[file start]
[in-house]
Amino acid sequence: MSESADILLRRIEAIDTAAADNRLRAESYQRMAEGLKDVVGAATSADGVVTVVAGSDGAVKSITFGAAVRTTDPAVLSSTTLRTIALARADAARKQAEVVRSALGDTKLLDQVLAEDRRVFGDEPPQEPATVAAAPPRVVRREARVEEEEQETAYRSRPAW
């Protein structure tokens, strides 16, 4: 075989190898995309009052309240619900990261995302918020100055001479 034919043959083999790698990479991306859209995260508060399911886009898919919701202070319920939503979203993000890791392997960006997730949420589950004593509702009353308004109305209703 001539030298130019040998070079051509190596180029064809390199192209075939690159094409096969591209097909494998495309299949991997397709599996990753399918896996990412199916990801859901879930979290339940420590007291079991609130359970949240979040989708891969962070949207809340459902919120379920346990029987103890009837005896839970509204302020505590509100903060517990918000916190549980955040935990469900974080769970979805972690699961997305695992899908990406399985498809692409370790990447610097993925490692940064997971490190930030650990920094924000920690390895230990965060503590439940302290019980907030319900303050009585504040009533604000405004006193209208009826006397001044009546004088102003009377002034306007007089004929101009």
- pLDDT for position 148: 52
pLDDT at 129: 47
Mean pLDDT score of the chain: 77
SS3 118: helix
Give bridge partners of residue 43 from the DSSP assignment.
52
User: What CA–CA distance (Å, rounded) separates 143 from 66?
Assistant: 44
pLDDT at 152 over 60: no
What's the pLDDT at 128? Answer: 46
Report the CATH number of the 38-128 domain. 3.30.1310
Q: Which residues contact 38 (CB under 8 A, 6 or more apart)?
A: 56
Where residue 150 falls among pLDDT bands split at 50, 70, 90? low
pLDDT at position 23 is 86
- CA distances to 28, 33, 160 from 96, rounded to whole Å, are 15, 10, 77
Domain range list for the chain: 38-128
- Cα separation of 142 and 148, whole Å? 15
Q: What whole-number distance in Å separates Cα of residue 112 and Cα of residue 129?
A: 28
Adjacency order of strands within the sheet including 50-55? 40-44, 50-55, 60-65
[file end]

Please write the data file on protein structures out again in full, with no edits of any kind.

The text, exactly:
[in-house]
Amino acid sequence: MSESADILLRRIEAIDTAAADNRLRAESYQRMAEGLKDVVGAATSADGVVTVVAGSDGAVKSITFGAAVRTTDPAVLSSTTLRTIALARADAARKQAEVVRSALGDTKLLDQVLAEDRRVFGDEPPQEPATVAAAPPRVVRREARVEEEEQETAYRSRPAW
């Protein structure tokens, strides 16, 4: 075989190898995309009052309240619900990261995302918020100055001479 034919043959083999790698990479991306859209995260508060399911886009898919919701202070319920939503979203993000890791392997960006997730949420589950004593509702009353308004109305209703 001539030298130019040998070079051509190596180029064809390199192209075939690159094409096969591209097909494998495309299949991997397709599996990753399918896996990412199916990801859901879930979290339940420590007291079991609130359970949240979040989708891969962070949207809340459902919120379920346990029987103890009837005896839970509204302020505590509100903060517990918000916190549980955040935990469900974080769970979805972690699961997305695992899908990406399985498809692409370790990447610097993925490692940064997971490190930030650990920094924000920690390895230990965060503590439940302290019980907030319900303050009585504040009533604000405004006193209208009826006397001044009546004088102003009377002034306007007089004929101009």
- pLDDT for position 148: 52
pLDDT at 129: 47
Mean pLDDT score of the chain: 77
SS3 118: helix
Give bridge partners of residue 43 from the DSSP assignment.
52
User: What CA–CA distance (Å, rounded) separates 143 from 66?
Assistant: 44
pLDDT at 152 over 60: no
What's the pLDDT at 128? Answer: 46
Report the CATH number of the 38-128 domain. 3.30.1310
Q: Which residues contact 38 (CB under 8 A, 6 or more apart)?
A: 56
Where residue 150 falls among pLDDT bands split at 50, 70, 90? low
pLDDT at position 23 is 86
- CA distances to 28, 33, 160 from 96, rounded to whole Å, are 15, 10, 77
Domain range list for the chain: 38-128
- Cα separation of 142 and 148, whole Å? 15
Q: What whole-number distance in Å separates Cα of residue 112 and Cα of residue 129?
A: 28
Adjacency order of strands within the sheet including 50-55? 40-44, 50-55, 60-65